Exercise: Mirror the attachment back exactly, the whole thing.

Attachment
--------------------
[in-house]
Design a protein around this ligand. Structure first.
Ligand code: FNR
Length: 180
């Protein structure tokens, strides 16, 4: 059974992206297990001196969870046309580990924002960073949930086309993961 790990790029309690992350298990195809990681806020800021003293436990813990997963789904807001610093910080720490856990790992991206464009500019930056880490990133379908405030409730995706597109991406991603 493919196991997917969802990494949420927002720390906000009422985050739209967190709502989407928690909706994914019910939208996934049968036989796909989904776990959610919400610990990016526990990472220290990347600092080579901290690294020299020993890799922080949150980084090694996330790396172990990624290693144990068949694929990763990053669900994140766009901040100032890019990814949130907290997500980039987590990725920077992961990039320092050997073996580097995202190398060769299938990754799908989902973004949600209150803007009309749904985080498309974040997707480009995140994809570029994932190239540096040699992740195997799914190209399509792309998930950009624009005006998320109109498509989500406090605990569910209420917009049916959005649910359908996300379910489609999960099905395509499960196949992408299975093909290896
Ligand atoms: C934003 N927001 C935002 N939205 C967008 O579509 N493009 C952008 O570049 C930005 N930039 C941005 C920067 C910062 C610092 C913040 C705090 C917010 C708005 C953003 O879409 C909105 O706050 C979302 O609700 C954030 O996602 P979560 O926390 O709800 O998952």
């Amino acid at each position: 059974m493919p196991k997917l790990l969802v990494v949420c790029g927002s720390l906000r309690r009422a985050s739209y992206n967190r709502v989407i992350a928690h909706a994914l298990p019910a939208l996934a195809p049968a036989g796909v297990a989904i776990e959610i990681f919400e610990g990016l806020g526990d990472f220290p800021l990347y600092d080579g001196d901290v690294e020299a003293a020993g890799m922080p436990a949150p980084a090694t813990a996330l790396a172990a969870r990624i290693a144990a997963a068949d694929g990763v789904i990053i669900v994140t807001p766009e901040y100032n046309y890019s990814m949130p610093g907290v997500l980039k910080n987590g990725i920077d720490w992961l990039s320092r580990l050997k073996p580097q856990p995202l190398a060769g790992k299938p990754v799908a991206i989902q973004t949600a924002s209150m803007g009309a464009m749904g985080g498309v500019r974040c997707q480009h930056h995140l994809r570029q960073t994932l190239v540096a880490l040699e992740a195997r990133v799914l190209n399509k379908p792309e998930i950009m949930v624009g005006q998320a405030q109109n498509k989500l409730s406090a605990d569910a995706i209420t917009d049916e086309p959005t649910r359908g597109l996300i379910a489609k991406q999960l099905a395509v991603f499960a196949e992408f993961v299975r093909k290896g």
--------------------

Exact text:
[in-house]
Design a protein around this ligand. Structure first.
Ligand code: FNR
Length: 180
């Protein structure tokens, strides 16, 4: 059974992206297990001196969870046309580990924002960073949930086309993961 790990790029309690992350298990195809990681806020800021003293436990813990997963789904807001610093910080720490856990790992991206464009500019930056880490990133379908405030409730995706597109991406991603 493919196991997917969802990494949420927002720390906000009422985050739209967190709502989407928690909706994914019910939208996934049968036989796909989904776990959610919400610990990016526990990472220290990347600092080579901290690294020299020993890799922080949150980084090694996330790396172990990624290693144990068949694929990763990053669900994140766009901040100032890019990814949130907290997500980039987590990725920077992961990039320092050997073996580097995202190398060769299938990754799908989902973004949600209150803007009309749904985080498309974040997707480009995140994809570029994932190239540096040699992740195997799914190209399509792309998930950009624009005006998320109109498509989500406090605990569910209420917009049916959005649910359908996300379910489609999960099905395509499960196949992408299975093909290896
Ligand atoms: C934003 N927001 C935002 N939205 C967008 O579509 N493009 C952008 O570049 C930005 N930039 C941005 C920067 C910062 C610092 C913040 C705090 C917010 C708005 C953003 O879409 C909105 O706050 C979302 O609700 C954030 O996602 P979560 O926390 O709800 O998952």
């Amino acid at each position: 059974m493919p196991k997917l790990l969802v990494v949420c790029g927002s720390l906000r309690r009422a985050s739209y992206n967190r709502v989407i992350a928690h909706a994914l298990p019910a939208l996934a195809p049968a036989g796909v297990a989904i776990e959610i990681f919400e610990g990016l806020g526990d990472f220290p800021l990347y600092d080579g001196d901290v690294e020299a003293a020993g890799m922080p436990a949150p980084a090694t813990a996330l790396a172990a969870r990624i290693a144990a997963a068949d694929g990763v789904i990053i669900v994140t807001p766009e901040y100032n046309y890019s990814m949130p610093g907290v997500l980039k910080n987590g990725i920077d720490w992961l990039s320092r580990l050997k073996p580097q856990p995202l190398a060769g790992k299938p990754v799908a991206i989902q973004t949600a924002s209150m803007g009309a464009m749904g985080g498309v500019r974040c997707q480009h930056h995140l994809r570029q960073t994932l190239v540096a880490l040699e992740a195997r990133v799914l190209n399509k379908p792309e998930i950009m949930v624009g005006q998320a405030q109109n498509k989500l409730s406090a605990d569910a995706i209420t917009d049916e086309p959005t649910r359908g597109l996300i379910a489609k991406q999960l099905a395509v991603f499960a196949e992408f993961v299975r093909k290896g």